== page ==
When word broke that Ang Lee would be adapting Yann Martel’s novel, I suspect that most expected Pi’s odyssey would be getting the somber treatment of the man who gave us The Ice Storm and Brokeback Mountain. What a wonderful surprise then, to see that Lee has instead turned the material into his most whimsical and visually spectacular film to date. Navigating around the problem of adapting a book that spends the bulk of its story on a lifeboat, the director turns the film’s potentially monotonous setting into a showcase for vivid, impressionistic fantasy sequences and 3D effects that put Avatar to shame. These showstopping set-piece aren’t gratuitous, but rather extensions of the protagonist’s free-flowing spiritual imagination. Granted, some of the film’s philosophical musings hit dead ends (the film stakes a lot of weight on whether or not the tiger has a soul, and its criteria for determining this question are questionable at best). But the film’s viscerally thrilling combination of dazzling imagery and soulful music makes an extremely convincing case for the spiritual ecstasy that the Pi embraces. It’s rare to see Ang Lee wearing his heart on his sleeve so shamelessly, and it’s a pleasure to discover that he’s actually very good at it.
5. Django Unchained
Django Unchained is probably Tarantino’s most straightforward “movie” since Jackie Brown, and one of the few that functions just as well as a satisfying action film as it does a metacommentary on filmmaking. Yet though it succeeds in telling a supremely satisfying story, it also doubles a sly rebuke against Hollywood’s frequently shameful history with racial representation. Much controversy was caused by the film’s premise – a Spaghetti Western/exploitation pastiche about a slave who slaughters white Southerners – and if you take Tarantino’s highly stylized vision of the Antebellum South on strictly historical grounds, I’m sure you’ll find a great deal of fault. But while the world that this film creates isn’t plausible as a real historical setting, it’s highly plausible as a slightly distorted reflection of the equally fictitious worlds we see in movies like Birth of a Nation and Gone with the Wind. Tarantino sets up the icons from these films – the majestic Klan, the plantation, the southern belle, and the Uncle Tom/Mammy figure, and then proceeds to reveal how dangerous despicable all of these fantasies actually are. Then Django blows them to smithereens (spoiler?). After so many films that spend their time hand-wringing and falling over themselves to make sure that white audiences don’t have to feel too bad about slavery, there’s something cathartic about a film that’s willing to declare all-out war on the sentimental tropes that have somehow allowed white American culture to get nostalgic for its darkest shame.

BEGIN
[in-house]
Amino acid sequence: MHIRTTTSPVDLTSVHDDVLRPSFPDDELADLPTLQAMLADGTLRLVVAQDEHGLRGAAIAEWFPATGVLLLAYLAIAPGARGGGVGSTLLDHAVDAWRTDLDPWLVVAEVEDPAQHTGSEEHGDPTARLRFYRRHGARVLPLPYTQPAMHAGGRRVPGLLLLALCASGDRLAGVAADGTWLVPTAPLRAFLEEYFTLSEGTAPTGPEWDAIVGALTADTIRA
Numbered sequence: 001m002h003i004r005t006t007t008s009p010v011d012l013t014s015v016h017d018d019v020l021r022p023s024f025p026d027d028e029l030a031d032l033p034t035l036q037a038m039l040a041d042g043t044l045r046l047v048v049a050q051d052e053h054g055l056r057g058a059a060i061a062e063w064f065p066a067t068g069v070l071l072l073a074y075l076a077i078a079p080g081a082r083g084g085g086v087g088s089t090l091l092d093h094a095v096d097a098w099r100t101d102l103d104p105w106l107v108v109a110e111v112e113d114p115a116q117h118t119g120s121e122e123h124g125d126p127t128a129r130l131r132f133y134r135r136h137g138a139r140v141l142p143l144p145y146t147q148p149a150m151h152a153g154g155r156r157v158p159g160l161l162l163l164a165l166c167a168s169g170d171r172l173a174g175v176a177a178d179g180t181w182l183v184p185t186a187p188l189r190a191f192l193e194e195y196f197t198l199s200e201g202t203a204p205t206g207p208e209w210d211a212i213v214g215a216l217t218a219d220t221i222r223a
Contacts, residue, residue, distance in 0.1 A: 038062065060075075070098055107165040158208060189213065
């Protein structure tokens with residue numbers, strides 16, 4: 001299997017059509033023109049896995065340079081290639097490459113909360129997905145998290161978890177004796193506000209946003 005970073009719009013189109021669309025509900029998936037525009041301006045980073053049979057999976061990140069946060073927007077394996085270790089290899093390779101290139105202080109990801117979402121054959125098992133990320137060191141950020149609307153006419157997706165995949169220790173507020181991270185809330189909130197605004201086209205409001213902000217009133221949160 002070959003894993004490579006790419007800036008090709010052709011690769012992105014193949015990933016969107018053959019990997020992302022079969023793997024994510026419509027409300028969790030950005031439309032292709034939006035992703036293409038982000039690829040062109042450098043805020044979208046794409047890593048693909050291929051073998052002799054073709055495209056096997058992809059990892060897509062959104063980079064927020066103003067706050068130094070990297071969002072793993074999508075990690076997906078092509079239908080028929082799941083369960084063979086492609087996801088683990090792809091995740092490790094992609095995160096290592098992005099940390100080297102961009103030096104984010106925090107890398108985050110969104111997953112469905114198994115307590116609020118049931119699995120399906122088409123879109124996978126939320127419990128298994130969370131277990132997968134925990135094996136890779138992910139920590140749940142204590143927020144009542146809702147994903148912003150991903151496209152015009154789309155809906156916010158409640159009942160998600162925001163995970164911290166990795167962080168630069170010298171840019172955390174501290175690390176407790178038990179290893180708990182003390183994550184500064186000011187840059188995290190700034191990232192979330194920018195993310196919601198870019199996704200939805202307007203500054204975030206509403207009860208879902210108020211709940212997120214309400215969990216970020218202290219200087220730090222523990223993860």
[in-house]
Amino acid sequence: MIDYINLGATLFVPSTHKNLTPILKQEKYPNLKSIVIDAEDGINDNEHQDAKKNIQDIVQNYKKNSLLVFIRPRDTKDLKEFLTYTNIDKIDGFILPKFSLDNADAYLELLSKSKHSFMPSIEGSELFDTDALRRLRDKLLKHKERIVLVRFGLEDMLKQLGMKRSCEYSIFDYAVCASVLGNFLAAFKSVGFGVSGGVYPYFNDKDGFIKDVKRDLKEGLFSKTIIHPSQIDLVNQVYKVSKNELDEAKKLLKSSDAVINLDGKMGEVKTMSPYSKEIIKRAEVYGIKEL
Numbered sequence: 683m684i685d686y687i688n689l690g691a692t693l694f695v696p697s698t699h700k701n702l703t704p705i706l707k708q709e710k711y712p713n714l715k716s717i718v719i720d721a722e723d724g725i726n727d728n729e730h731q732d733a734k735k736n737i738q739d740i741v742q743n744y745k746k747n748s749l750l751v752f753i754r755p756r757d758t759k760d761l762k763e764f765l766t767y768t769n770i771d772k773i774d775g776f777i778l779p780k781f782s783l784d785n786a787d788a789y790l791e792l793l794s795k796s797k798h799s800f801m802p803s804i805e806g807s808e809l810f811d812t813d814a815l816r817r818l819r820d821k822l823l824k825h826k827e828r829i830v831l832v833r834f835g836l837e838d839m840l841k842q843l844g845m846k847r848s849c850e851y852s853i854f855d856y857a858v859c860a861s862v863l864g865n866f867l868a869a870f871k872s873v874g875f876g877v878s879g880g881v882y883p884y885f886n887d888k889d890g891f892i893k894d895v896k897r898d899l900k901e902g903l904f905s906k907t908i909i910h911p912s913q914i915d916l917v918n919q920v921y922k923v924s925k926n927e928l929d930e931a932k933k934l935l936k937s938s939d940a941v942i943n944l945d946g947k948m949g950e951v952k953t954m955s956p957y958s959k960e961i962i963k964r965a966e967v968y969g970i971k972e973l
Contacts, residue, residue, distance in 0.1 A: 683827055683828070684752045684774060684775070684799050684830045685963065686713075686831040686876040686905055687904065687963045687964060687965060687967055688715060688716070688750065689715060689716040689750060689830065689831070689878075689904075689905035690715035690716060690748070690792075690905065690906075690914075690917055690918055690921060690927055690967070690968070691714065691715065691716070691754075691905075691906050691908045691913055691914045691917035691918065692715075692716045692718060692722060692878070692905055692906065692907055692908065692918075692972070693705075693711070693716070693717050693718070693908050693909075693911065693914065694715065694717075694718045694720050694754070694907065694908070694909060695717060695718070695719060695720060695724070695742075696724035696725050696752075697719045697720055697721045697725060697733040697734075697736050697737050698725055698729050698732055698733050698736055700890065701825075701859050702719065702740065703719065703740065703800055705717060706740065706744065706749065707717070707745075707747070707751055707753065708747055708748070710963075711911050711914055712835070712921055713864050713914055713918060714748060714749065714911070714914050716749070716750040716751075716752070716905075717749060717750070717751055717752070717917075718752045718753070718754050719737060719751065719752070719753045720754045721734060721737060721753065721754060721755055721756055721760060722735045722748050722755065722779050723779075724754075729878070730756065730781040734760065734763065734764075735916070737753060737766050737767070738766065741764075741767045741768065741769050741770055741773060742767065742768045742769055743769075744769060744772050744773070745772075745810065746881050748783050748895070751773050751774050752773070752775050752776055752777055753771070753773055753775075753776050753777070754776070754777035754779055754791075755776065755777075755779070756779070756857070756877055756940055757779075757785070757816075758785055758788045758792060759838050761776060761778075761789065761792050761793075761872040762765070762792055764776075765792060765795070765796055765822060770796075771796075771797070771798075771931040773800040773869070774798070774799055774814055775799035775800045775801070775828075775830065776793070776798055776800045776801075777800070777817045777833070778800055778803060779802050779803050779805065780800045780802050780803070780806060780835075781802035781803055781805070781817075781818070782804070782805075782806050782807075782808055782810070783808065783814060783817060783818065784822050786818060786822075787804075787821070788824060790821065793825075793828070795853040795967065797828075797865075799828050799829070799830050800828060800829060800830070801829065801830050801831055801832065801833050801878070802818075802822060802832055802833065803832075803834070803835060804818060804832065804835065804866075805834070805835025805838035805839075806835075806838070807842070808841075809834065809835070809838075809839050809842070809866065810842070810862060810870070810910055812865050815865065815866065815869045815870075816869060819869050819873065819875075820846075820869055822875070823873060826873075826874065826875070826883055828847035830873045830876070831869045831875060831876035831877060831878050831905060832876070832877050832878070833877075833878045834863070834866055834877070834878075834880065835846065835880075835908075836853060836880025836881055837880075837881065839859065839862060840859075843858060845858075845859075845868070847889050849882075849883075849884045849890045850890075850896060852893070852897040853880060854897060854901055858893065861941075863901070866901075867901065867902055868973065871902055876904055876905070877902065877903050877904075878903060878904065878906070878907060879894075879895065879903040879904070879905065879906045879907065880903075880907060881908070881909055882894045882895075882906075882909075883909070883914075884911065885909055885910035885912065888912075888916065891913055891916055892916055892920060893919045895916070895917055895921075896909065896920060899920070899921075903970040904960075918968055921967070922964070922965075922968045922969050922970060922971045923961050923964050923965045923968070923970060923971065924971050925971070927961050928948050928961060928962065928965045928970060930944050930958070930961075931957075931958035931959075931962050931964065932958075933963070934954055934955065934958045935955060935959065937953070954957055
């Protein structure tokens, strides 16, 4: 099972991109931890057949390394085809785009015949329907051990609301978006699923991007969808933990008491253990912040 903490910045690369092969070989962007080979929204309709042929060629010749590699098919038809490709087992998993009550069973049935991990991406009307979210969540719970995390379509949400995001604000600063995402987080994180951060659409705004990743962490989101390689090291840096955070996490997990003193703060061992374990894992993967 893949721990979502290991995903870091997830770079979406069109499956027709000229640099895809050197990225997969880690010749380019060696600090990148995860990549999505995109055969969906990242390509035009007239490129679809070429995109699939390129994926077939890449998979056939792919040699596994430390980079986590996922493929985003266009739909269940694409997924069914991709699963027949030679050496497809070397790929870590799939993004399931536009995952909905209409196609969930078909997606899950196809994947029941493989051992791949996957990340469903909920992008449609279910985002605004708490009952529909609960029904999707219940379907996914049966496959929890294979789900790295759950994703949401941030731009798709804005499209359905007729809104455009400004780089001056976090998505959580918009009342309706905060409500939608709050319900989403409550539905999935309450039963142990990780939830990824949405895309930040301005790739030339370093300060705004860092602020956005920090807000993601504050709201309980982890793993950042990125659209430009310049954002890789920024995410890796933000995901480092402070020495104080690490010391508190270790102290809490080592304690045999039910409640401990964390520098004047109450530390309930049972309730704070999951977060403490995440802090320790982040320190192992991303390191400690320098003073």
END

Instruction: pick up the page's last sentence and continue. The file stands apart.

4. Moonrise Kingdom
Another film I’ve already reviewed, and I don’t have a lot to add other than to reiterate how moving it to see Anderson take the whimsical children’s storybook world that his disillusioned adult characters usually cling to, and firmly give that world back to the children who still have a chance to avoid their parents’ mistakes. Wes Anderson will always make “Wes Anderson” films, but when they’re this charming and deeply felt, how could that be a bad thing?